European stocks edged higher Friday, with gains limited by a surging euro, while U.S. equity futures pointed to another record setting session on Wall Street as investors ready for the first wave of fourth quarter profit tallies in this year's earnings season.
The Stoxx 600 benchmark, the region's broadest measure of share prices, rose 0.04% in the opening two hours of trading, snapping a two-day losing streak as global markets rebounded following last night's 200-point rally on Wall Street. Gains were limited, however, by the euro's rise to a near three-year high of 1.2120 after minutes from the European Central Bank's December policy meeting indicated a desire to flag earlier rate increases and the economy recovers and reports indicated a breakthrough in talks to form a coalition government in Germany.
U.S. future were also modestly higher, with contracts tied to the Dow Jones Industrial Average marked 94 points, or 0.4% higher from Thursday's record close and those tied to the S&P 500 rising 5.25 points, or 0.2%, to the upside.
Three of the biggest U.S. banks -- JPMorgan & Chase Co., (JPM) - Get Report PNC Financial Services Group (PNC) - Get Report and Well Fargo & Co. (WFC) - Get Report -- will dominate today's earnings releases as the fourth-quarter reports start to accelerate. Analysts are expecting the collective bottom line of S&P 500 companies to rise by around 10% over the quarter, with a focus on whether 2018 projections will be supported by last year's overhaul of the U.S. tax system.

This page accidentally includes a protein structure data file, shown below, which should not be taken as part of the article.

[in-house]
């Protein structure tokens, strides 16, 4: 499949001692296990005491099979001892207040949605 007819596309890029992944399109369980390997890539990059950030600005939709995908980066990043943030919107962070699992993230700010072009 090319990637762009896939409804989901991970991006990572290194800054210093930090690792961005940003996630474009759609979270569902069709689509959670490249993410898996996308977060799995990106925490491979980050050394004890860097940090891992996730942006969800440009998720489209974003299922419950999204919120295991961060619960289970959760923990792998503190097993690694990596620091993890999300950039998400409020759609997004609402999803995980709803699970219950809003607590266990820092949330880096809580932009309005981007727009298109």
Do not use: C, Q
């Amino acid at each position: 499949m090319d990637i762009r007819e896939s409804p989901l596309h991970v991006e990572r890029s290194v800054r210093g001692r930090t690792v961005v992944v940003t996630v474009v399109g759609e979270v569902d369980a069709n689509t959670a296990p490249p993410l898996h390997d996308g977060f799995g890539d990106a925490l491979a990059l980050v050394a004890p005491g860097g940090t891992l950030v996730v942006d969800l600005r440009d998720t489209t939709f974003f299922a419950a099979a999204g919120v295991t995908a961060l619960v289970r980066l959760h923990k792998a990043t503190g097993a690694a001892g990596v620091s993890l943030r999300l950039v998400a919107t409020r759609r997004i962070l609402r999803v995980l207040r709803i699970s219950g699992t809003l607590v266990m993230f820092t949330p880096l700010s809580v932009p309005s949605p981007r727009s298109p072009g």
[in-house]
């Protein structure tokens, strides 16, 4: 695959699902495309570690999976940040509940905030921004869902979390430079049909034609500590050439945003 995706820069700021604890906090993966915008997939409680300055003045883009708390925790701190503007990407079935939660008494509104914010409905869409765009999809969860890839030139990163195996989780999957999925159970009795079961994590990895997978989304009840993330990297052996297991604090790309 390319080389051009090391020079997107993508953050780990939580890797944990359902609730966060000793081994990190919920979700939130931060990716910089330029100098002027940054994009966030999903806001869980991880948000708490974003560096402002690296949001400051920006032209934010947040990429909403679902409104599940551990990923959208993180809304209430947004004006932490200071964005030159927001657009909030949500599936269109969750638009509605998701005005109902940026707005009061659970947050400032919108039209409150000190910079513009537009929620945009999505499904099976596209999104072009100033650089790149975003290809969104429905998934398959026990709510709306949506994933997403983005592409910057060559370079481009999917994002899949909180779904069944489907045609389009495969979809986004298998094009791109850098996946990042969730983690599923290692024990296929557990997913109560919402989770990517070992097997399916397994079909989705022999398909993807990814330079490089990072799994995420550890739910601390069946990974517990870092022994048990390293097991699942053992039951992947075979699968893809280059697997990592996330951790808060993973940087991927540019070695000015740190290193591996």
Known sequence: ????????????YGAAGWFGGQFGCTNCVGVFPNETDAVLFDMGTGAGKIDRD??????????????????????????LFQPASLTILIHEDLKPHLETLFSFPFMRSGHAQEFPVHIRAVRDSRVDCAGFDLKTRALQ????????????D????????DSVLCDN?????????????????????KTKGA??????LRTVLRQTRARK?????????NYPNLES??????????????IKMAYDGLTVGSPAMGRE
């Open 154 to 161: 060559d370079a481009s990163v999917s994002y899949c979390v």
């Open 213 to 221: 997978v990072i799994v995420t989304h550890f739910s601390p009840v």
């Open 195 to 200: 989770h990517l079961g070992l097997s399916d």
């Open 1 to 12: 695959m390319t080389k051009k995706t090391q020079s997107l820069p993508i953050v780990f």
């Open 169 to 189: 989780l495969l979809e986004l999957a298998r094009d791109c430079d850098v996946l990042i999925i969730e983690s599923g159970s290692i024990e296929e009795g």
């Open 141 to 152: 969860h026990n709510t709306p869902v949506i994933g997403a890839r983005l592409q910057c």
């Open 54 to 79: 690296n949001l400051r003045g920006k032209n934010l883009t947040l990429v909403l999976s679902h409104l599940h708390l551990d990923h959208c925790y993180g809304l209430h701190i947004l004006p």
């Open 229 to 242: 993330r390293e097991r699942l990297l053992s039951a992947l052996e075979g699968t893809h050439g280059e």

Overnight in Asia, stocks rose for the first day in three despite a still-sagging U.S. dollar and slightly slower-than-expected import data from China, the world's second-largest economy. The region-wide MSCI Asia ex-Japan index was marked 0.58% higher in the close of the final session of the week while a strong yen, which hit a six week high of 1.1105 against the dollar, held down export and internationally-focused stocks and pushed the Nikkei 225 0.24% lower to close at 23,653.82 points.
The dollar index, which benchmarks the greenback against six of its global peers, was marked 0.75% lower from early Thursday levels at 91.75 as investors calibrated the impact of yesterday's sharp rally in U.S. Treasury bonds following China's dismissal of a report that they may stop adding their 1.189 trillion holdings as "fake news".
Benchmark 10-year yields were marked at 2.55% at the start of European trading after touching a 10-month high of 2.592% on Wednesday while yields for German bunds rose to a multi-month high of 0.532% as the euro gained on the back of the ECB minutes published yesterday.
In commodity markets, global oil prices eased from their three-year peaks after customs data from China showed that imports slowed to 33.7 million barrels over the month of December, down 4 million from the previous month to an average of around just under 8 million barrels per day.
Brent crude contracts for March delivery were seen 16 cents lower from their New York close at $69.09 per barrel while West Texas Intermediate crude contracts for the same month were changing hands 0.5% lower at $63.33 per barrel.